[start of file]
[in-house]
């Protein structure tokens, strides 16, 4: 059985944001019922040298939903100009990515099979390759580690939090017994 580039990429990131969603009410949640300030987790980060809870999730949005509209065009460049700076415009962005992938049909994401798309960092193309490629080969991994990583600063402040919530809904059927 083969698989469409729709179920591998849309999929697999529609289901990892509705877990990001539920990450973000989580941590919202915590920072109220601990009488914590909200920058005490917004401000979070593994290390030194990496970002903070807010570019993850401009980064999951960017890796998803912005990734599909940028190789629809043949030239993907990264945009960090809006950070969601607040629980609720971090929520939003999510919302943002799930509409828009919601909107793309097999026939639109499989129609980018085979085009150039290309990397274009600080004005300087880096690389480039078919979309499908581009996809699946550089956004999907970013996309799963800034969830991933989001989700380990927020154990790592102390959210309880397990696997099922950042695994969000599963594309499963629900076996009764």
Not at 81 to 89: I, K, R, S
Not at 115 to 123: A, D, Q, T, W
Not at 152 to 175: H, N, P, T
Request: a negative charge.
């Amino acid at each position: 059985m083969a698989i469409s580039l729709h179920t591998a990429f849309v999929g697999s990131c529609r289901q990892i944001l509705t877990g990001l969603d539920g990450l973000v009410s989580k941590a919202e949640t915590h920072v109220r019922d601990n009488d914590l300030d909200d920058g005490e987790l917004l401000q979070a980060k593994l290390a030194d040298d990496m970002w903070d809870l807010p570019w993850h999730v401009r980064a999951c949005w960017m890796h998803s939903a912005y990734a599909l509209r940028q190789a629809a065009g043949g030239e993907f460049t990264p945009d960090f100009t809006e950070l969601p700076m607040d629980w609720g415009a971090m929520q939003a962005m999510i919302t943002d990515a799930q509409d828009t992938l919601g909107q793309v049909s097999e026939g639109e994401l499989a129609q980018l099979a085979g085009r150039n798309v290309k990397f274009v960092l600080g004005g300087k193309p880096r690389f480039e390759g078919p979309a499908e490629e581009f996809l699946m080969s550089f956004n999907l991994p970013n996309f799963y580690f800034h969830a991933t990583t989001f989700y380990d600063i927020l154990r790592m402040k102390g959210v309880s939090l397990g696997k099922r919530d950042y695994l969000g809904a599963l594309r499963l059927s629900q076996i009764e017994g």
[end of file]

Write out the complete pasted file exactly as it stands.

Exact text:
[in-house]
């Protein structure tokens, strides 16, 4: 059985944001019922040298939903100009990515099979390759580690939090017994 580039990429990131969603009410949640300030987790980060809870999730949005509209065009460049700076415009962005992938049909994401798309960092193309490629080969991994990583600063402040919530809904059927 083969698989469409729709179920591998849309999929697999529609289901990892509705877990990001539920990450973000989580941590919202915590920072109220601990009488914590909200920058005490917004401000979070593994290390030194990496970002903070807010570019993850401009980064999951960017890796998803912005990734599909940028190789629809043949030239993907990264945009960090809006950070969601607040629980609720971090929520939003999510919302943002799930509409828009919601909107793309097999026939639109499989129609980018085979085009150039290309990397274009600080004005300087880096690389480039078919979309499908581009996809699946550089956004999907970013996309799963800034969830991933989001989700380990927020154990790592102390959210309880397990696997099922950042695994969000599963594309499963629900076996009764």
Not at 81 to 89: I, K, R, S
Not at 115 to 123: A, D, Q, T, W
Not at 152 to 175: H, N, P, T
Request: a negative charge.
């Amino acid at each position: 059985m083969a698989i469409s580039l729709h179920t591998a990429f849309v999929g697999s990131c529609r289901q990892i944001l509705t877990g990001l969603d539920g990450l973000v009410s989580k941590a919202e949640t915590h920072v109220r019922d601990n009488d914590l300030d909200d920058g005490e987790l917004l401000q979070a980060k593994l290390a030194d040298d990496m970002w903070d809870l807010p570019w993850h999730v401009r980064a999951c949005w960017m890796h998803s939903a912005y990734a599909l509209r940028q190789a629809a065009g043949g030239e993907f460049t990264p945009d960090f100009t809006e950070l969601p700076m607040d629980w609720g415009a971090m929520q939003a962005m999510i919302t943002d990515a799930q509409d828009t992938l919601g909107q793309v049909s097999e026939g639109e994401l499989a129609q980018l099979a085979g085009r150039n798309v290309k990397f274009v960092l600080g004005g300087k193309p880096r690389f480039e390759g078919p979309a499908e490629e581009f996809l699946m080969s550089f956004n999907l991994p970013n996309f799963y580690f800034h969830a991933t990583t989001f989700y380990d600063i927020l154990r790592m402040k102390g959210v309880s939090l397990g696997k099922r919530d950042y695994l969000g809904a599963l594309r499963l059927s629900q076996i009764e017994g």